Press Release: International Day for the Elimination of Racial Discrimination
Toronto Community Benefits Network and allied organizations call on Metrolinx, government to change course on major transit infrastructure projects
Call for participation and inclusion comes on the International Day for the Elimination of Racial Discrimination
Toronto, March 21, 2022 – Today, community organizations and labour groups led by the Toronto Community Benefits Network call on elected representatives, the Province of Ontario, and its ministries, Metrolinx and Infrastructure Ontario, to ensure major upcoming transit infrastructure projects help build inclusive, prosperous communities while combatting persistent racial discrimination.
“Ontario’s transit infrastructure boom represents a once-in-a-lifetime opportunity,” says Rosemarie Powell, Executive Director of the Toronto Community Benefits Network (TCBN). “We are calling on Metrolinx to ensure these projects present meaningful employment and procurement opportunities for equity-deserving groups, especially Black, Indigenous, People of Colour, and women. We need to ensure these transit projects lift up rather than undermine their host communities.”
TCBN and its network of community, labour and social enterprise partners are calling for immediate action, the full text of which is available here.
“I found a career path in the skilled trades by working on the Eglinton Crosstown LRT, but that opportunity happened because we had a real Community Benefits Agreement in place,” explains Ahmed Abdi, a fourth year apprentice with Carpenters Local 27. “A true CBA means community organizations are at the table, helping companies realize their commitments and holding companies accountable for their targets. Without community involvement, we risk these job creation commitments being empty promises. Youth violence is increasing across the City and we need more opportunities especially for Black youth like myself to get access to the good jobs opportunities in the skilled trades”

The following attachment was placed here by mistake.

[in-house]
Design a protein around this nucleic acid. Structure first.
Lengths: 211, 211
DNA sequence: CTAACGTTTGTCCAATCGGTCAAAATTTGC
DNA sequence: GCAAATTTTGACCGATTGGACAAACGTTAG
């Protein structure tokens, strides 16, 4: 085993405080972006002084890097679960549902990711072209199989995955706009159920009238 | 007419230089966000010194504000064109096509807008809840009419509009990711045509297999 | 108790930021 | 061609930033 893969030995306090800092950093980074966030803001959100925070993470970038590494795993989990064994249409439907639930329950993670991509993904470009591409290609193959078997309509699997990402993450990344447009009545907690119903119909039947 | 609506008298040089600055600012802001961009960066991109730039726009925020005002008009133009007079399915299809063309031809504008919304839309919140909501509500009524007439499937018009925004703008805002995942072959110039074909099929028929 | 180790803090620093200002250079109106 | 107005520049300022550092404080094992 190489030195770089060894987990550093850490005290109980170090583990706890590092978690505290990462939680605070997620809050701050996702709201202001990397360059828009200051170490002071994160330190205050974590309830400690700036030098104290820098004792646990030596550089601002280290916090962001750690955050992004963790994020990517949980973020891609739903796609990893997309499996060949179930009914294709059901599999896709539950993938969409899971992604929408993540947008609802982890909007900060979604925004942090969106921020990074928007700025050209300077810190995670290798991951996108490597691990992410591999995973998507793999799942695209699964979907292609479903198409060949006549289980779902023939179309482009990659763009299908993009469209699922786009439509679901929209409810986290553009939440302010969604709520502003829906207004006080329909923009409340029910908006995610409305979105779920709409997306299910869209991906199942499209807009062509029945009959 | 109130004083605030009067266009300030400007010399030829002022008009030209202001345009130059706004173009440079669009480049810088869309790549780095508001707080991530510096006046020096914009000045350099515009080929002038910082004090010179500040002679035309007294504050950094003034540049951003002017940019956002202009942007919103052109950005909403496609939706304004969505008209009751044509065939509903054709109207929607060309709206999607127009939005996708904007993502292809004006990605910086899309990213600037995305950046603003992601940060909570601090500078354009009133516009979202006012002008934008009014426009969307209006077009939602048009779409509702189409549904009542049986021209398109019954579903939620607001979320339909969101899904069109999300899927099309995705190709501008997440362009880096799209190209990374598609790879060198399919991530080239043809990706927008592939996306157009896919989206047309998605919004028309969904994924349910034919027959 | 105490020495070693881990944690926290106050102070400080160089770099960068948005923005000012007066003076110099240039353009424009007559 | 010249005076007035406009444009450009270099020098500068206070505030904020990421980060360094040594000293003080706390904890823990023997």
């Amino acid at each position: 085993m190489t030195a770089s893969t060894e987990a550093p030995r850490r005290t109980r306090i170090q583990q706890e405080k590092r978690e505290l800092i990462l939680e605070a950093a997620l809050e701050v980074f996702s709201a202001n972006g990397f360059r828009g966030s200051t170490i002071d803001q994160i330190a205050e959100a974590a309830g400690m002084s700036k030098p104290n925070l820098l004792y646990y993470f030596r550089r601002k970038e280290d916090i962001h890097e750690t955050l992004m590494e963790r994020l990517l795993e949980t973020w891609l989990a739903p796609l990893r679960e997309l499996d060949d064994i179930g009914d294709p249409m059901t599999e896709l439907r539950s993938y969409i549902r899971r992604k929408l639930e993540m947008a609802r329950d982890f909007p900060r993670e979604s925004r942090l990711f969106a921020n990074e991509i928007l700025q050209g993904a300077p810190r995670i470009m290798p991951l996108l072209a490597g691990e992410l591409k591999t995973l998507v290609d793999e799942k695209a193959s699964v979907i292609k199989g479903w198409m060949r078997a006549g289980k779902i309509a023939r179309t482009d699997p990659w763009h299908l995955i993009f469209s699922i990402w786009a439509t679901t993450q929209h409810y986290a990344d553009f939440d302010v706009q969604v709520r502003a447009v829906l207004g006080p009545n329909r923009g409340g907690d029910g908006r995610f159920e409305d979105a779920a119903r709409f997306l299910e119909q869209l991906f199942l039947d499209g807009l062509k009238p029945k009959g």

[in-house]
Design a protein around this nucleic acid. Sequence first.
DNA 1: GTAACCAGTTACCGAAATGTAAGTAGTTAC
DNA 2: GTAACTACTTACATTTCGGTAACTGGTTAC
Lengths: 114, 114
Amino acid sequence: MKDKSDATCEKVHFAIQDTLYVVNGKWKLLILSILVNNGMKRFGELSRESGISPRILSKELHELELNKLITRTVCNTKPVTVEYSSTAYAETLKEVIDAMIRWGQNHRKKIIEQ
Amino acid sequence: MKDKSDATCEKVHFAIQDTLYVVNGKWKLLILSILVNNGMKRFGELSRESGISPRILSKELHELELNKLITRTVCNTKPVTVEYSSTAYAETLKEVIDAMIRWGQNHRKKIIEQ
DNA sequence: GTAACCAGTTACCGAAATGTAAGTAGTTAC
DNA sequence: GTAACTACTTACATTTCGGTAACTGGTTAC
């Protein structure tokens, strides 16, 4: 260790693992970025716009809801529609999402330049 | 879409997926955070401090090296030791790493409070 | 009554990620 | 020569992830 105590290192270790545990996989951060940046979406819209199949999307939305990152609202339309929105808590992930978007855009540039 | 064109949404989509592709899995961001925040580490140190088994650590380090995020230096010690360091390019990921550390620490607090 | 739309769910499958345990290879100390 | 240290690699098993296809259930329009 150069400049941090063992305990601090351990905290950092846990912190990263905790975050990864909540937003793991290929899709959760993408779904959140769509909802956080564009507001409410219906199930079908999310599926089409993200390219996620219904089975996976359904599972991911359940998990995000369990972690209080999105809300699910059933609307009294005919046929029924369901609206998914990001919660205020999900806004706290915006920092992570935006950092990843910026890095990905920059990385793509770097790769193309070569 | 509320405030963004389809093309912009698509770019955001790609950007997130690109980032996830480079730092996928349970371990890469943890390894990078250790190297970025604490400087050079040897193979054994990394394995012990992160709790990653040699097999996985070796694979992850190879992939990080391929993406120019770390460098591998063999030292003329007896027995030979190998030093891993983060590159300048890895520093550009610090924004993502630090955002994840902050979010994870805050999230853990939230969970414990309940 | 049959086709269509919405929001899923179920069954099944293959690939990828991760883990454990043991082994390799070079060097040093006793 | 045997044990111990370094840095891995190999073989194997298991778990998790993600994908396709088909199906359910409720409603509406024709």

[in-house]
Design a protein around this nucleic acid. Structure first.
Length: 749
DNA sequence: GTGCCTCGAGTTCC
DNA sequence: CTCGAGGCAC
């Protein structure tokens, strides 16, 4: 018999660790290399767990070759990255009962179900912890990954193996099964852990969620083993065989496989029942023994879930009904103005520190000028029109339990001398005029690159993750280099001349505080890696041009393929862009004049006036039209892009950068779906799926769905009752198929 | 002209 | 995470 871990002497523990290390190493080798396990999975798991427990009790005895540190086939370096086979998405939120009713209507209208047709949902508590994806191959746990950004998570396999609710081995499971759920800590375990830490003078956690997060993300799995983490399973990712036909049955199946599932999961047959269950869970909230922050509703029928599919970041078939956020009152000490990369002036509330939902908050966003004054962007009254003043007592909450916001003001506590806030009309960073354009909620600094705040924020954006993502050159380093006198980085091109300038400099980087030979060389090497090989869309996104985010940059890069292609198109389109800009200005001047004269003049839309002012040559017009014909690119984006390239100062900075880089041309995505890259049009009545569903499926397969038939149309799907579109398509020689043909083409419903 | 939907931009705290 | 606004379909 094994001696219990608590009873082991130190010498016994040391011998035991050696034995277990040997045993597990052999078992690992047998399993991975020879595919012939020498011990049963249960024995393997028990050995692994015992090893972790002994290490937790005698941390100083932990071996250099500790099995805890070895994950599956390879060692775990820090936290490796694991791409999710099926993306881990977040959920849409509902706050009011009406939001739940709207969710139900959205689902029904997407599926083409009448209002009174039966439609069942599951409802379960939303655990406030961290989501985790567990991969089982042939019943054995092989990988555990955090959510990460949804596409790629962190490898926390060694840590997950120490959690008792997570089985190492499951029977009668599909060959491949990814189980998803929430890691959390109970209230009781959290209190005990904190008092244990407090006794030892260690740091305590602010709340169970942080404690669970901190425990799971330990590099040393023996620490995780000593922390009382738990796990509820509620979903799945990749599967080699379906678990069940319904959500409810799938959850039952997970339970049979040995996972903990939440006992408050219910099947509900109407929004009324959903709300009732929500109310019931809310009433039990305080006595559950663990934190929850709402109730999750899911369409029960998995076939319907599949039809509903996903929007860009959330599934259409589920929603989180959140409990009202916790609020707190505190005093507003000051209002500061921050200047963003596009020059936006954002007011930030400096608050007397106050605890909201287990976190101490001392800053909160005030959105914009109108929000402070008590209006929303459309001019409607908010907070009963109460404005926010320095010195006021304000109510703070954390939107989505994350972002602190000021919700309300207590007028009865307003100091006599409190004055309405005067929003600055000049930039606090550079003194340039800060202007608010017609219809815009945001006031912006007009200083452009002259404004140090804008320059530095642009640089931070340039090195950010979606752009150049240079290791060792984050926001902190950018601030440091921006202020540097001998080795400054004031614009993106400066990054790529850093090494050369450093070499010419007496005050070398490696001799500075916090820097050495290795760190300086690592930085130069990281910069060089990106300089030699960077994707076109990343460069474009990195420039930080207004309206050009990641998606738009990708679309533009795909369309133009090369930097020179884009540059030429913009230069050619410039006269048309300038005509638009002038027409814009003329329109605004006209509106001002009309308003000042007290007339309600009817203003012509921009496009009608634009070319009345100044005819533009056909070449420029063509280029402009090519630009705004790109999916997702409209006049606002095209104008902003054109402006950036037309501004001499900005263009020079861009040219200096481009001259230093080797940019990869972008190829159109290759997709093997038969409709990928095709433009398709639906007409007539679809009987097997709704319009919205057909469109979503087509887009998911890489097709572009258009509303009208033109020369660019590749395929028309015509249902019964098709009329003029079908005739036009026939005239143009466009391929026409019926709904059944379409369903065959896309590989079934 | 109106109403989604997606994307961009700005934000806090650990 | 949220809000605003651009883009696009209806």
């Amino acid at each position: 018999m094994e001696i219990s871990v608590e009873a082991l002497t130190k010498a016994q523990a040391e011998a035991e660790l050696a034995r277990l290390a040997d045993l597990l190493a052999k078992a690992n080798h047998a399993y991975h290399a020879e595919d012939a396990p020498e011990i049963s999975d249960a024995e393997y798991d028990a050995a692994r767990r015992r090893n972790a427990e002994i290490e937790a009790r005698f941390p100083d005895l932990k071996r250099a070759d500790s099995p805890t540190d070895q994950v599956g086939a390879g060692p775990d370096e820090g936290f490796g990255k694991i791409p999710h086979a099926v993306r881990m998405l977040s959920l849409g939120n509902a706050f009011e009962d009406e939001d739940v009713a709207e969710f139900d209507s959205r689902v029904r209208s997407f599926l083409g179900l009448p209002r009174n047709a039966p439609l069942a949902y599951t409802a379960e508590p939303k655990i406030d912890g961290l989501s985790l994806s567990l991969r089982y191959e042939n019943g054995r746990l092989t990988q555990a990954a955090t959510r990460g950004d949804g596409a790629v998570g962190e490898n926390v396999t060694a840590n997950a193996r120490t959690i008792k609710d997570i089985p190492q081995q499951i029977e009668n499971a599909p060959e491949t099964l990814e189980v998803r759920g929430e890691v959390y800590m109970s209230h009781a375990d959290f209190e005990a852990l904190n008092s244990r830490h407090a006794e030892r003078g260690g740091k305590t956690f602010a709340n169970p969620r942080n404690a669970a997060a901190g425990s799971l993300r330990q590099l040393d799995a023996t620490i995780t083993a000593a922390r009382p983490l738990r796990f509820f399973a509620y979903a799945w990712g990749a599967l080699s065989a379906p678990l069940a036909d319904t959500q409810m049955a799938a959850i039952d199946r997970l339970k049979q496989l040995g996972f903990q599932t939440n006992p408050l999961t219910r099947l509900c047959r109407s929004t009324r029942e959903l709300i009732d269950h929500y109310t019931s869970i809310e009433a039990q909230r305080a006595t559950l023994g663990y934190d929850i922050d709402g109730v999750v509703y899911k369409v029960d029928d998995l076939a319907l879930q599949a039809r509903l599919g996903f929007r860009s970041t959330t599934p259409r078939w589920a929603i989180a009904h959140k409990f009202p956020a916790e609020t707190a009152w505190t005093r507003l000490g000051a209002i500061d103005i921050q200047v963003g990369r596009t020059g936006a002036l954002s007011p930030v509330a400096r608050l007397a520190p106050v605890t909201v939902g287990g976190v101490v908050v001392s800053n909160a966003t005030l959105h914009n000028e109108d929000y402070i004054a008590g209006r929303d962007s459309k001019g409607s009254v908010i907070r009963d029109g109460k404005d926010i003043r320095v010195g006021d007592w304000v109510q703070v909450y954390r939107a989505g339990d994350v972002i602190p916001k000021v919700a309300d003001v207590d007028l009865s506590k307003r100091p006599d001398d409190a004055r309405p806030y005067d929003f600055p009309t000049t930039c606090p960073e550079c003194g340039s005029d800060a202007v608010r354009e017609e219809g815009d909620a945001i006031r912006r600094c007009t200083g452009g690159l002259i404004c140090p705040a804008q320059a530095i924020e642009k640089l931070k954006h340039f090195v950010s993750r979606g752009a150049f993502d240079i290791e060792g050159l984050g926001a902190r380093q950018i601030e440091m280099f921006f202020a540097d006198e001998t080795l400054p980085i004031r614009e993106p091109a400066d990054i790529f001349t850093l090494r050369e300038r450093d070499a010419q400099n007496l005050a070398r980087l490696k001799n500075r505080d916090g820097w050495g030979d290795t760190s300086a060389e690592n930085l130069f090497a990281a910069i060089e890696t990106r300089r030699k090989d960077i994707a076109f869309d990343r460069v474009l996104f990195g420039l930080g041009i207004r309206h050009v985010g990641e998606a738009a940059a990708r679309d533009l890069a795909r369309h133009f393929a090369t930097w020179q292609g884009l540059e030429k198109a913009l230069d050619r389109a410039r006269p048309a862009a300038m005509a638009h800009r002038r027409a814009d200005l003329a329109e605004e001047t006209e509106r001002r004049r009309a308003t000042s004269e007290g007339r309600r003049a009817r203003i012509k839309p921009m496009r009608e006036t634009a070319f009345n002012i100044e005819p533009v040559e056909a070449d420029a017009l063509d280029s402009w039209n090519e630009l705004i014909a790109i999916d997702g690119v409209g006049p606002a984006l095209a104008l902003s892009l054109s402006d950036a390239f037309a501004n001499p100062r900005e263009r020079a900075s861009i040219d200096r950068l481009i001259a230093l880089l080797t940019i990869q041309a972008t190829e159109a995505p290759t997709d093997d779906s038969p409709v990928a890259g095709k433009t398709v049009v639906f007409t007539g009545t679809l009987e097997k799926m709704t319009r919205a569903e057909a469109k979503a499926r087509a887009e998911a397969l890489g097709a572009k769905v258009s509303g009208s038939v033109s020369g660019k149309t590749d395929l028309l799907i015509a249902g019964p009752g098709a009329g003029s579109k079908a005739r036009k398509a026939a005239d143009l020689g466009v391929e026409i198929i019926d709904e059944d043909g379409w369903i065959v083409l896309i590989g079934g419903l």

After TCBN and allied organizations raised the alarm, the Provincial government confirmed that a ten percent minimum equity target would be included on projects moving forward. However, community organizations are currently shut out of oversight and participation, roles they previously played, leading to concerns over transparency and accountability.
Signatories also called for project-specific anti-racism strategies designed and carried out with community participation. “Metrolinx workplaces have a history of anti-Black racism, with frequent reports of harassment, assault, and unsafe working conditions,” says Rosemarie Powell. “In 2021 alone, eight nooses were found at four Toronto-based construction sites, two of which were Metrolinx transit projects, the Eglinton Crosstown LRT.”
“The lack of community engagement, strong environmental oversight, community benefits agreements, and project-specific anti-racism strategies means that equity-deserving groups may be shut out of benefits while shouldering the costs of large transit projects,” says Powell. “The first step to getting Ontario’s transit infrastructure projects back on track is to give community groups a real seat at the table.”